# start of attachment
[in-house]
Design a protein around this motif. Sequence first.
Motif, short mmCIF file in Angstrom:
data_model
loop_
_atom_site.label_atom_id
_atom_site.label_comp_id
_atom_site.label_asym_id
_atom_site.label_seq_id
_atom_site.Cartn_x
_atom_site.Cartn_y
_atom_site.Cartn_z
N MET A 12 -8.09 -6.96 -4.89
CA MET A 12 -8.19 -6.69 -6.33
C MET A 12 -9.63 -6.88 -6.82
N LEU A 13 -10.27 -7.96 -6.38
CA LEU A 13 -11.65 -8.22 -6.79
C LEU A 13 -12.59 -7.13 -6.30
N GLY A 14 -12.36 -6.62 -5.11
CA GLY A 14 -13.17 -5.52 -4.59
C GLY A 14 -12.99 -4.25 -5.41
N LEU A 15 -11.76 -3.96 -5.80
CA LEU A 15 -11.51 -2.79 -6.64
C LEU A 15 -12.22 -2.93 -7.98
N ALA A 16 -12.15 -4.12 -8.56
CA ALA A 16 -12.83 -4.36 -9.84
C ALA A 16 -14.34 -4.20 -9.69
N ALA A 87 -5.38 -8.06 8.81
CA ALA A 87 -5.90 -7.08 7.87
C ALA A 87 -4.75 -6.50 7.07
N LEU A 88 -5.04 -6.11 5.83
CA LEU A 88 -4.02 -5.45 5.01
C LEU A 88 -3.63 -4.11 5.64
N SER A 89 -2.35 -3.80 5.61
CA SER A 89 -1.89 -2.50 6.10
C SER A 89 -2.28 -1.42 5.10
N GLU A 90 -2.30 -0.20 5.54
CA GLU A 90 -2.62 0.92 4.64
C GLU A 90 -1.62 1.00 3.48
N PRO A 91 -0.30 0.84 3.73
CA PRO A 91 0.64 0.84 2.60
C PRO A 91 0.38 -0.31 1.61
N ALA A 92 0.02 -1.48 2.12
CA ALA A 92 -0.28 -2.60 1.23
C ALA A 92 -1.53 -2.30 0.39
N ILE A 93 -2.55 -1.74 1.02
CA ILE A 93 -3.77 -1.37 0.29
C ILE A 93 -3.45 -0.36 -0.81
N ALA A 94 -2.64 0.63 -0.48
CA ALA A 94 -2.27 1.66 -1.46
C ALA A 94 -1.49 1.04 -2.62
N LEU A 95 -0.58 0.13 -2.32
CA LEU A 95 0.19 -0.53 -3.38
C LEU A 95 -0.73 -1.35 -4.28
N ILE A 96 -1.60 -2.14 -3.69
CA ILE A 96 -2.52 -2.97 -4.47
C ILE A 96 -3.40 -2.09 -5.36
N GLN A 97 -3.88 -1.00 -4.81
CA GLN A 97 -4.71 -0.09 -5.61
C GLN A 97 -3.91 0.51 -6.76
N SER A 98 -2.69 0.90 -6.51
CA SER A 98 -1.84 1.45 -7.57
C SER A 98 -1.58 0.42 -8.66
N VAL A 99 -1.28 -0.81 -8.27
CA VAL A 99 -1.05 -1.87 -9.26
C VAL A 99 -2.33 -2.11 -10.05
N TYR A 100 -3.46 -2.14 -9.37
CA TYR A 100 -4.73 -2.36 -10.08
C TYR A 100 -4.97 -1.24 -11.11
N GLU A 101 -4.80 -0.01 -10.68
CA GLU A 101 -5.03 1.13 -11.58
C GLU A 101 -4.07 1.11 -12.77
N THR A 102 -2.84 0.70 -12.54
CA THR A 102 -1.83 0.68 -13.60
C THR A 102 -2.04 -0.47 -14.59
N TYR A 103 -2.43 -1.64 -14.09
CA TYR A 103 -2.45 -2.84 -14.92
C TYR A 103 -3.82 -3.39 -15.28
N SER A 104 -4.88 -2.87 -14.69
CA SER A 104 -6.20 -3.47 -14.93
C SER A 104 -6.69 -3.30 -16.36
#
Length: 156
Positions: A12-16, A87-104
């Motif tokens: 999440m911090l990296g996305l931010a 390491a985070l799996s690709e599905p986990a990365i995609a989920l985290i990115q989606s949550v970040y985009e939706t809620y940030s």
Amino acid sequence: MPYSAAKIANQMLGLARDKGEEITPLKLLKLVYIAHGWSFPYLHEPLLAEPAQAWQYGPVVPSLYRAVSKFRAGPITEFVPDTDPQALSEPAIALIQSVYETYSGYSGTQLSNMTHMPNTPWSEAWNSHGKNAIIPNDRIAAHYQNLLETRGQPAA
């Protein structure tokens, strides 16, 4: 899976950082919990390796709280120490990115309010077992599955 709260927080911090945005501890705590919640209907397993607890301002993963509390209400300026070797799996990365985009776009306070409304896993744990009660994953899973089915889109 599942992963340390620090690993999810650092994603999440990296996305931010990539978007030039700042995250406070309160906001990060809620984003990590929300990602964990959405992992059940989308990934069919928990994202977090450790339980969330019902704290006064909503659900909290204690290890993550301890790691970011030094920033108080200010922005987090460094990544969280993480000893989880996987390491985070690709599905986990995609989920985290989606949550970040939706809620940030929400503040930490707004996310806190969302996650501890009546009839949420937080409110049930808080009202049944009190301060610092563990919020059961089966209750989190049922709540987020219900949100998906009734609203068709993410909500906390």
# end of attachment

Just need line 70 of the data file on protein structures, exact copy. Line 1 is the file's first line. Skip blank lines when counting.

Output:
N GLU A 101 -4.80 -0.01 -10.68